Dog Symposium

Little pug dog cover
March 2, 2019
Oslo, Norway

Dog Symposium

325 EUR

This is the 5th edition of the Dog symposium in Norway. An event initiated and organised by Turid Rugaas, with many international speakers.

dog training
animal behavior
dog grooming
March 2, 2019
09:00 - 17:00
March 3, 2019
09:00 - 17:00

Strømsveien 108
0663 Oslo

Dog trainers

Kirsti Grant

Kristi have been running her home based grooming business for many years in Wiltshire, UK. She was always

Chiara Mariti

European Veterinary Specialist in Animal Welfare Science, Ethics and Law

Member of European College of Animal Welfare and Behavioural Medicine

Dr. Martin Fisher

Dr. Martin S. Fischer is a professor at the Institute of Systematic Zoology and Evolutionary Biology with Phyletic museum at the Friedrich- Schiller University in Jena, Germany. Both he and, Dr Karin E.

Stephanie Rousseau

Stephanie journey into world of canine behaviour and training began when she adopted Alfie in 2010, an ex-racing greyhound. He came to her when he was six, having spent his entire life in kennels.

Day 1
Day 2
Visual communication
Visual communication, including both postures and facial expressions, is very important to maintain cohesion within the group, e.g. for conflict resolution and reconciliation. The presence of visual signals that increase the distance between individuals and avoid the risk of an overt aggression has been assumed in many species, including dogs. Turid Rugaas (2006) observed that some behaviors displayed by domestic dogs were able to de-escalate or interrupt an aggressive encounter and labeled them ‘calming signals’.
The aim of this study was to scientifically assess if the behaviors called ‘calming signals’ have a communicative and a de-escalating function with respect to the aggressive display in the other dog. The study consisted in rigorous, quantitative observations using sequence analysis within interactions.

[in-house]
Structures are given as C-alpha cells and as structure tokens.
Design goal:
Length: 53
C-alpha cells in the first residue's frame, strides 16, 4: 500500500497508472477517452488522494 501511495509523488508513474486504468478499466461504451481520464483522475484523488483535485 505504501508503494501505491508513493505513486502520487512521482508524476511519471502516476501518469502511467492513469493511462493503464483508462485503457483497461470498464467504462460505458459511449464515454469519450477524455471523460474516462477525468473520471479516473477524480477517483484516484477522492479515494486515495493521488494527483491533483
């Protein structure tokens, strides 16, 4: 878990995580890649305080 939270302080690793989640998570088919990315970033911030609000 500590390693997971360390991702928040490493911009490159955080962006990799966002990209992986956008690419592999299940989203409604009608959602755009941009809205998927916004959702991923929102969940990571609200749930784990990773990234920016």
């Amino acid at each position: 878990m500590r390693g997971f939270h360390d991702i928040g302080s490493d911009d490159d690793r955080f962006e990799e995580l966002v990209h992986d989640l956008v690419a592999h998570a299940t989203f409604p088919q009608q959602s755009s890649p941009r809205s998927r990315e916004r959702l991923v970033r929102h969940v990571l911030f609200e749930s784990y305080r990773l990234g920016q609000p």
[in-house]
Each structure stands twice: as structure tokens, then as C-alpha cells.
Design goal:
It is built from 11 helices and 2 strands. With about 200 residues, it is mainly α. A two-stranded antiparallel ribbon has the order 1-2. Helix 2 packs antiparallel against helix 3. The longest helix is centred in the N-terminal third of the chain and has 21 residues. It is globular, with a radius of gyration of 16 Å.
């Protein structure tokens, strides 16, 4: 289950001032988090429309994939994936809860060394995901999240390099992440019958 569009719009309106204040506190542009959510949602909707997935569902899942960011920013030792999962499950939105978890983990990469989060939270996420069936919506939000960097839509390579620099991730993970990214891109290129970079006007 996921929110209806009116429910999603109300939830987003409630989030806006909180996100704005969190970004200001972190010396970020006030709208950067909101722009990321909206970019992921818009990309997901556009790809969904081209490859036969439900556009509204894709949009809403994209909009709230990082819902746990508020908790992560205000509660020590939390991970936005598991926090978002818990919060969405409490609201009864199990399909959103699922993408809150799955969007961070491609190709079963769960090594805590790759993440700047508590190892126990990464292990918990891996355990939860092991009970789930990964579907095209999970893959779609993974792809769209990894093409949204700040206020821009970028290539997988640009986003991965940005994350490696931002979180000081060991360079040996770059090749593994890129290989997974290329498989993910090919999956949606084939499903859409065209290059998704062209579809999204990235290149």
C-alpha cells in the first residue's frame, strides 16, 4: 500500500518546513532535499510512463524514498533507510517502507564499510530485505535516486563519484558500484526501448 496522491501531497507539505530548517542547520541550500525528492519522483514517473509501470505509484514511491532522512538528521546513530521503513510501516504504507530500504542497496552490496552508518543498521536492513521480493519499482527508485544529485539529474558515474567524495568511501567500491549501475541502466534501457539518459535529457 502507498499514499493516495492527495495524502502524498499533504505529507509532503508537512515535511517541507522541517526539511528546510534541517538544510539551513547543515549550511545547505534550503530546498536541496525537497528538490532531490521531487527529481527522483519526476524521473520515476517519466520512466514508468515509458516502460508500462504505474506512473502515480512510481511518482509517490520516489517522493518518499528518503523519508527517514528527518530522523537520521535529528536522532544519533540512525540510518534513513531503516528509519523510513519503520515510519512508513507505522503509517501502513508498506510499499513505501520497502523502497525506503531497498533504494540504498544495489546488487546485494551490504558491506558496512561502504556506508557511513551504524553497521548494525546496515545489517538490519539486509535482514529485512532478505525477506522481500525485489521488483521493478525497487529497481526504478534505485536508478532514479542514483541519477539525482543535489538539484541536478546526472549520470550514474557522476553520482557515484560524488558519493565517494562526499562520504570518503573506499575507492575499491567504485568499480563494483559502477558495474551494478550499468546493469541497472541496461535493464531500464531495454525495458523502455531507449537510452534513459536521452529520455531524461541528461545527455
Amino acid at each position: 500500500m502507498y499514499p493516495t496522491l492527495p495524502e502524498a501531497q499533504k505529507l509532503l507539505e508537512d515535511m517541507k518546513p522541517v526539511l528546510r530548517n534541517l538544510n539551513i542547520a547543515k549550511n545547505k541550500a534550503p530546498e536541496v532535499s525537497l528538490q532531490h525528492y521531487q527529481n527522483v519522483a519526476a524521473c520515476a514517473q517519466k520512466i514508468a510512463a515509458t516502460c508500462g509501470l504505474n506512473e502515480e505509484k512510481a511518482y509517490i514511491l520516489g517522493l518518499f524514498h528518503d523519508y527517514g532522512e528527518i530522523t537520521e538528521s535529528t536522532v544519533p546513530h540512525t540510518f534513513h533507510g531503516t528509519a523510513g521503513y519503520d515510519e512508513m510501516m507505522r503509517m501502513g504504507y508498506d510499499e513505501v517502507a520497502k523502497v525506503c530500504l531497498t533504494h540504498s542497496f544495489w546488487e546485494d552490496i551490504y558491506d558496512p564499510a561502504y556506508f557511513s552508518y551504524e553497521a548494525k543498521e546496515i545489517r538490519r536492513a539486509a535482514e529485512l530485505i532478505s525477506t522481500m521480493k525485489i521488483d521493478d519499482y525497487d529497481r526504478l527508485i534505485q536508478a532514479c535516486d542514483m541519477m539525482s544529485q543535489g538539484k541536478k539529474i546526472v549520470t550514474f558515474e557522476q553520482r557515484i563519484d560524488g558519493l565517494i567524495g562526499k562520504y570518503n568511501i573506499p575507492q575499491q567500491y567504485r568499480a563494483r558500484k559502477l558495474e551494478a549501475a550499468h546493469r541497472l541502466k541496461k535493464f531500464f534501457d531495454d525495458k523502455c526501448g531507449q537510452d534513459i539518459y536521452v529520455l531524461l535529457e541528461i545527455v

The findings of this study support the hypothesis that the analysed behaviors may play a specific role in canine communication, namely reducing the aggressive display. Further research is needed to better understand the meaning, relevance and impact of each signal on dog aggressive encounters.
Dogs in motion
Wolves have evolved as long distance runners
with morphological changes down to the cellular muscle fibre level. Dogs are still wolves as far as their locomotion is concerned. Being a long distance runner it is not a question of saving energy but of not investing into energy. Our study over ten years aims to understand very different aspects of dogs in motion, and not just their locomotion. A better understanding of the functional anatomy of
dogs, of joints and most receently of fascia leads or better is perhaps the prerequisite of contributing to our dog’s health.
The talk will explain the functional anatomy using films, X-ray movies and a unique set of animations.
A Knotty Problem - Stress and the groomers
This presentation will cover information about dogs hair growth, the impact that selective breeding has on this and an overview of what is done during a groomers visit.
The benefits of regular grooming and the implications for welfare, safety and health
Changes to the routine, methods and to the environment that we can suggest to groomers and to guardians to reduce the stress and trauma the dog experiences.
Enriched Environments
This presentation will cover the value of enriched environments and how they can be used for recreation, for recovery, education, and as part of a program to desensitise to elements that were a source of stress.
Layouts and set ups, how to create and maintain a safe and inviting space for dogs and humans
Representing and including all sensory elements.
Experiences and case studies
K9-5: Happier Dogs in the Office
Employers are increasingly looking for effective ways to improve the working environment for staff, and in some cases, to motivate them to spend more time in the office. Millennials, the generation who will increasingly dominate the workforce over the coming years, are committed pet owners. Although they are less likely to be married or living with partners, they are more likely to have pets than any other generation. It’s no surprise then, that bringing dogs to work is growing in popularity, with about 8% of workplaces in the UK and US allow employees to bring their dogs to work.

Studies have illustrated a host of benefits to companies and employees of having dogs in the workplace- everything from reduced stress amongst staff, to increased job satisfaction and employee retention, to the health-boosting effects that come from having pets around.
However, not every workplace that allows dogs is set up in a way that works. If the setup is right, and the dogs are happy and relaxed, the chances of them displaying problematic behaviours are greatly reduced.
During this talk, Steph will discuss:
- some of the practicalities involved with bringing dogs to work;
- considerations for businesses considering becoming dog-friendly;
- ways to reduce stressful experiences for the dog and how to set them up for success;
- real-life stories of office dogs as well as their challenges and successes.
More talks
coming soon